Allie* ‘21 interned at a major finance firm*. 

HC: Tell me a little bit about your internship and what your role was at the firm.

Allie: So I was a summer analyst at a private equity firm in New York City in the credit group, which is basically loans. I was the only intern in my group, which was a very unique experience, because I got a lot of hands on experience with senior members of the team and was included in a lot of big meetings and was actually staffed on projects, so that was exciting. But it was definitely a very big learning curve.

HC: What were the highlights of this internship for you?

Allie: I think the attention that senior people paid to me was probably one of the highlights. By the end of the summer, most of the senior members of the team had taken me out to lunch or coffee or something, which is really important. My team was specifically very focused on hiring female interns, so I had a meeting with them at the end of the summer to talk about that, which is very reassuring. I was really lucky because given my circumstances and the small size of my group it was very noticeable that I was new, so I think if you’re interning in a much bigger group you’re more of a cog in the machine and it’s harder to have access to senior people. 

HC: Were there any difficulties you experienced this summer or any drawbacks to this internship?

Allie: Well, it was my first real employment experience. I didn’t have a traditional office work experience last summer, so this was really my first idea into the real world, which is definitely difficult after coming from such an idyllic place as Yale where you can just do what you want all the time and only do things you really want to do. And I think just adjusting to the pace of the work, because it is very long hours and definitely a grind for most of it, which is why you have to actually be sure that you like it or think that you could hack it. So it was hard to adjust for the first three weeks, probably. I was just doing my work and sitting at my desk all the time and didn’t make friends, especially since I was the only intern in my group. But by the end I realized that mental health is also important and making friends at your internship and having friends at work is also a crucial part of the experience. So definitely making friends with other interns but also younger members of my team and finding mentors and stuff like that.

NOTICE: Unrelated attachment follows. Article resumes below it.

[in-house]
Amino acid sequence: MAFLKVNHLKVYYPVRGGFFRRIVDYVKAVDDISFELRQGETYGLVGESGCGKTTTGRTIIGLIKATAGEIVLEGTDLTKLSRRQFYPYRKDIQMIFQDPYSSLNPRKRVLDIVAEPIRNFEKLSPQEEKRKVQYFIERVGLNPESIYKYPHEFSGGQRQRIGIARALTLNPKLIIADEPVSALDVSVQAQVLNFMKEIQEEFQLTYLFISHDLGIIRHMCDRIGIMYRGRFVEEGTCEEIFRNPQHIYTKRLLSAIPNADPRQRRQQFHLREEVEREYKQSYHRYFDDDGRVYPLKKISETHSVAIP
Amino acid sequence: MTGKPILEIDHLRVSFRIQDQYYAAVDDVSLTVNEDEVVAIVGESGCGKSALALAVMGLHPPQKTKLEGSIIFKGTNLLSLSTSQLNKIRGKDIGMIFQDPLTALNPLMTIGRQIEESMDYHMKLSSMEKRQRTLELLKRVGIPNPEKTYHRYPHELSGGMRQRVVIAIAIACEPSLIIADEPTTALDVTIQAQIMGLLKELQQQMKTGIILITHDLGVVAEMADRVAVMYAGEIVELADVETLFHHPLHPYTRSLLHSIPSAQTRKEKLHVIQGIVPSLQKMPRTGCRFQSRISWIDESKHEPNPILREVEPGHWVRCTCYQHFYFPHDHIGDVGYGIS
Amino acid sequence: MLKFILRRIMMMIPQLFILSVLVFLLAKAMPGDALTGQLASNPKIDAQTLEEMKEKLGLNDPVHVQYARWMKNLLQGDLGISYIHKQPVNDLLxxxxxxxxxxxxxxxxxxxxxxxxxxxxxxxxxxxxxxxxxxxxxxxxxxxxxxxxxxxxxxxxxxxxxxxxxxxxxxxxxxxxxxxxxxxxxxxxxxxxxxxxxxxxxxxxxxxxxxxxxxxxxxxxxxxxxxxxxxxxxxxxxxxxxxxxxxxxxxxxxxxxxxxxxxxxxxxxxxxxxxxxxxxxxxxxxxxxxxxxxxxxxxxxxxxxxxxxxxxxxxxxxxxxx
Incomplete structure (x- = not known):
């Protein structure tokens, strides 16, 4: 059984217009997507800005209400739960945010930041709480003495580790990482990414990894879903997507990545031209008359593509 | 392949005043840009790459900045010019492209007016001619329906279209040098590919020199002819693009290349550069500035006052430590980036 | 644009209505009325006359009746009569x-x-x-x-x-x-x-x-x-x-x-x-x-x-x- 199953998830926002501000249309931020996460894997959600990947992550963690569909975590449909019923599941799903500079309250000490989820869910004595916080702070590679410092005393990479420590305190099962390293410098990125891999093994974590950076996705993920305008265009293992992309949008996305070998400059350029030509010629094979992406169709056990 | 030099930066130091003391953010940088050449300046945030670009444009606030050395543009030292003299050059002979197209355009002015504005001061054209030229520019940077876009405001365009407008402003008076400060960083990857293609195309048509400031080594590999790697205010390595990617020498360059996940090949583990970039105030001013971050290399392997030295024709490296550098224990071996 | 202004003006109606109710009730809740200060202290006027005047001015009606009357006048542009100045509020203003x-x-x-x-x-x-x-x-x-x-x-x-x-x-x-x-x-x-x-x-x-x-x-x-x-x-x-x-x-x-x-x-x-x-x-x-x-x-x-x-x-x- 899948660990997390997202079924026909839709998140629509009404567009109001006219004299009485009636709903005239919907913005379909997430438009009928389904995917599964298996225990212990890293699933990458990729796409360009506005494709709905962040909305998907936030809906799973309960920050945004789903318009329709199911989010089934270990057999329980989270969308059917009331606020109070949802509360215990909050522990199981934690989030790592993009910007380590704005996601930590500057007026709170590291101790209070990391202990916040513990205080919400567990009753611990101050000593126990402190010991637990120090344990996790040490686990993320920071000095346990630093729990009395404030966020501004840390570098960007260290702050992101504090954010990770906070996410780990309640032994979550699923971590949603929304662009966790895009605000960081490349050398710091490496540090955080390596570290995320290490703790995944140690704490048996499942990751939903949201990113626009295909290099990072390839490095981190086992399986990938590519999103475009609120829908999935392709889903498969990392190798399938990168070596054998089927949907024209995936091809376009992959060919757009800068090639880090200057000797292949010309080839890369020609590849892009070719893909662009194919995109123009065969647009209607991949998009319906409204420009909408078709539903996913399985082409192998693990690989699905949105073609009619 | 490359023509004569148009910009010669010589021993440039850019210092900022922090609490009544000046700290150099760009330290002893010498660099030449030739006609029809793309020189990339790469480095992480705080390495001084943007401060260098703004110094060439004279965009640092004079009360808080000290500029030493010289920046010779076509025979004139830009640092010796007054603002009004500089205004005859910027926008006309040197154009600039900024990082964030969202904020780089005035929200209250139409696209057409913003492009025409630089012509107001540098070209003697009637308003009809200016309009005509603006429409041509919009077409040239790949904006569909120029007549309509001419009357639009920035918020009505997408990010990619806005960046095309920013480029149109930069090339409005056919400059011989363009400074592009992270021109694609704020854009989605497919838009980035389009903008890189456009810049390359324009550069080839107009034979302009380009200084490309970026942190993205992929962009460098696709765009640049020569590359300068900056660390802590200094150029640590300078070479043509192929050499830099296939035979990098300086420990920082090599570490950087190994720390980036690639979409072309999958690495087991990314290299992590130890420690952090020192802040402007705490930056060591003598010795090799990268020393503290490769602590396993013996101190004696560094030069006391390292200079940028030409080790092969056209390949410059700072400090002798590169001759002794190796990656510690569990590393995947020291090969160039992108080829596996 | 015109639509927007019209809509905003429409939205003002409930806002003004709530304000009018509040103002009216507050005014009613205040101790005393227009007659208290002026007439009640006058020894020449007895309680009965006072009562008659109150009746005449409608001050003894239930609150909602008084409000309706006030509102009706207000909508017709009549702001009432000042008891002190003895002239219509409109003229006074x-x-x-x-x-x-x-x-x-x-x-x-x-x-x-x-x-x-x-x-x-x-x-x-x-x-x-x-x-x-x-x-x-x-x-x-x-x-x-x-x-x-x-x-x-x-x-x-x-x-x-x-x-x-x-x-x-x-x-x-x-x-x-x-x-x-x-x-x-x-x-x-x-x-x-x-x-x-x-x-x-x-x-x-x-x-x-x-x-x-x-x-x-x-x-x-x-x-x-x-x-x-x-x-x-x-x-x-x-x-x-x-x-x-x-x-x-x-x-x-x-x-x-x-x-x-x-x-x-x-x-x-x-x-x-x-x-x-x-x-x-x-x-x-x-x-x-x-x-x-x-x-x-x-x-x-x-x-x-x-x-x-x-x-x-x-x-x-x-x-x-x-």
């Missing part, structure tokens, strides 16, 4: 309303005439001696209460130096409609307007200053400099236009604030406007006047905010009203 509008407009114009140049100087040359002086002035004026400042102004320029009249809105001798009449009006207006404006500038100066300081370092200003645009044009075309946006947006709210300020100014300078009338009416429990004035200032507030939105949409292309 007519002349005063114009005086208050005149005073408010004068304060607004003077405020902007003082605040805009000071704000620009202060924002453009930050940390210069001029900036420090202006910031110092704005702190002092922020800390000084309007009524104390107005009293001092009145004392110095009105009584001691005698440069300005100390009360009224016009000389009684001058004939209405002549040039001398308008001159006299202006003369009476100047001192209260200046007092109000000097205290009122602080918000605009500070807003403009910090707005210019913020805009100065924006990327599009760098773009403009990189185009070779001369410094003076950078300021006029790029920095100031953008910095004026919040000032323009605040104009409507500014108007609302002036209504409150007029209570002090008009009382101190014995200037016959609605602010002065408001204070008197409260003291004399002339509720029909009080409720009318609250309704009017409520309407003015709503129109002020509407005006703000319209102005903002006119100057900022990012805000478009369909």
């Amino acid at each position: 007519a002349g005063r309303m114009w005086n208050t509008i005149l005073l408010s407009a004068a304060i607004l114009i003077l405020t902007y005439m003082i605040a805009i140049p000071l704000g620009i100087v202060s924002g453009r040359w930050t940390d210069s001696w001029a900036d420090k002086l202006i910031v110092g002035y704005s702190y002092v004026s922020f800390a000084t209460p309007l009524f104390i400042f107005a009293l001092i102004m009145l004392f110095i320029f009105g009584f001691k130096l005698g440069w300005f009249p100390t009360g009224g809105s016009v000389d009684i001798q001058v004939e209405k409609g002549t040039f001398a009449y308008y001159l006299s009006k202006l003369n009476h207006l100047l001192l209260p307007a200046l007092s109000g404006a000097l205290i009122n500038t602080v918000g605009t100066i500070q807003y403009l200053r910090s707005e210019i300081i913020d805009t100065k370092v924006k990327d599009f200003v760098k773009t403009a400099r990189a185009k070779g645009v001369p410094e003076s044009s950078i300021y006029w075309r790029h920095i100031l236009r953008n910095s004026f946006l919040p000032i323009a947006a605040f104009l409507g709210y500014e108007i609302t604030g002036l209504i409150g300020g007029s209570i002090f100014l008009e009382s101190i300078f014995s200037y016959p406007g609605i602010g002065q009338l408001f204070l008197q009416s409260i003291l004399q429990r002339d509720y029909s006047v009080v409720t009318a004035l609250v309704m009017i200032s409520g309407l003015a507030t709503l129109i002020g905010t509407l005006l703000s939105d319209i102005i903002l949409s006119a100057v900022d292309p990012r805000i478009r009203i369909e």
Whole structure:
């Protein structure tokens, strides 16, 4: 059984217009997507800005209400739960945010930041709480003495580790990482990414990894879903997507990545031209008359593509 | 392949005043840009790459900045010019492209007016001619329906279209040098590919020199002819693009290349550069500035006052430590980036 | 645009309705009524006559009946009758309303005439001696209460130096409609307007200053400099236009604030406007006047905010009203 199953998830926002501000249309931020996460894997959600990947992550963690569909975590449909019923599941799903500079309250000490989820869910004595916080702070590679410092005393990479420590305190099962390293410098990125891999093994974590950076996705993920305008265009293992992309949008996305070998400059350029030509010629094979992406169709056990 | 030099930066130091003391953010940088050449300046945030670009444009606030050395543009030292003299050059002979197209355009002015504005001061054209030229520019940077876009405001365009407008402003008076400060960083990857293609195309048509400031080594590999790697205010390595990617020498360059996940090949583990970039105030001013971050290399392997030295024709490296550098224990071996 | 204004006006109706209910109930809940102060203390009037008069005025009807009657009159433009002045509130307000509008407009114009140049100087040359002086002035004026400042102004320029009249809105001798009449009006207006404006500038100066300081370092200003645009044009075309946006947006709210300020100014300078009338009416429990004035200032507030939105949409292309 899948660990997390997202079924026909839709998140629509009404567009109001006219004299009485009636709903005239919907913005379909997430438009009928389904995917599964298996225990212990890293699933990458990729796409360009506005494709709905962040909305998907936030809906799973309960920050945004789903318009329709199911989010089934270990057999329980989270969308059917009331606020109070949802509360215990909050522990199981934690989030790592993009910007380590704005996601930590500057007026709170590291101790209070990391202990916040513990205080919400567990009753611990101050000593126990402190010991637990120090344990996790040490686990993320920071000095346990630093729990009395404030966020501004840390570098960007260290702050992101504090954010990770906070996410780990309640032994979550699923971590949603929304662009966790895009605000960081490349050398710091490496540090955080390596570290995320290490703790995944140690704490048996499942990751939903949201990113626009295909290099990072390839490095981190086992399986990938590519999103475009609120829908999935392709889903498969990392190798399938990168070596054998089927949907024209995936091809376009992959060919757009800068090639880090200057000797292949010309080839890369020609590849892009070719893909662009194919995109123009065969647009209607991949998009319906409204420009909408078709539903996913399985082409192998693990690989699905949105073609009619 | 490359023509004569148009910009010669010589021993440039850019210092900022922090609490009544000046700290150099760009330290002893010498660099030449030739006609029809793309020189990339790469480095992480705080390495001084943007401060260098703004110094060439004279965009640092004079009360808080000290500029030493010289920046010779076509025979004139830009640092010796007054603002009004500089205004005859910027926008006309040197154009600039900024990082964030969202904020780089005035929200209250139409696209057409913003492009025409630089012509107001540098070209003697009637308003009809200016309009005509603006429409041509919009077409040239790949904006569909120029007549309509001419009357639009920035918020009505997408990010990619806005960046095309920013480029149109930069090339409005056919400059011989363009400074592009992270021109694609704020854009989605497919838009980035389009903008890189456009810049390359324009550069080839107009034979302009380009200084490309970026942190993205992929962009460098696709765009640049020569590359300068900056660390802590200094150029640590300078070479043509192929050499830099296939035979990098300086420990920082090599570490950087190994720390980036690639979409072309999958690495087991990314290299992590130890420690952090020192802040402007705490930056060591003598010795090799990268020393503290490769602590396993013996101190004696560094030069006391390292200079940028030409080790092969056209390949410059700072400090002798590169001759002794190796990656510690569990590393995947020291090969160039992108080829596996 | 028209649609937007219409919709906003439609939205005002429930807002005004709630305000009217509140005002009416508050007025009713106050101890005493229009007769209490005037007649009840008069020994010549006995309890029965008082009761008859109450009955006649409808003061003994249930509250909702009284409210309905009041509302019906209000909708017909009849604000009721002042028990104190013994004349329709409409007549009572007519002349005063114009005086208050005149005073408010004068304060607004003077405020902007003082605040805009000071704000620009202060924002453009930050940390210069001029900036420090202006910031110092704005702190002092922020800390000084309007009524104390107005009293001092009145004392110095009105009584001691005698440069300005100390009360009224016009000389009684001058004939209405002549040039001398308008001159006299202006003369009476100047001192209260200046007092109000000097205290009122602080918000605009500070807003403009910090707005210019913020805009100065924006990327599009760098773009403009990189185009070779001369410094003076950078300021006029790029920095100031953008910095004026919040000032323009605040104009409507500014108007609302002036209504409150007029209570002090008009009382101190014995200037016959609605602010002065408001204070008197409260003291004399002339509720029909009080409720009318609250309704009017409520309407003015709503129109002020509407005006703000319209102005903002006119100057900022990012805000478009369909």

HC: What advice would give to anyone who is considering an internship in finance?

Allie: In terms of getting the internship, it can seem really intimidating because a lot of people at Yale have an eye into this world from a parent or a sibling or something like that, and all of these institutions can seem very hard to infiltrate, but I would say definitely take advantage of the Yale network. Go on OCS or something like that and find alumni who work at the firm where you want to work and reach out to them because, from my experience working there, everyone who went to Yale was incredibly receptive of having coffee with me or telling me about their career experience. 

* Many internships at major finance firms or political offices ask interns to sign papers limiting the specific information they can share about their summers. In order to have the freedom to be totally candid and unfiltered with HerCampus about their thoughts and experiences, all of our interns have asked to use fake names and/or are unable to mention the names of the specific Senatorial office or finance firm of their internship.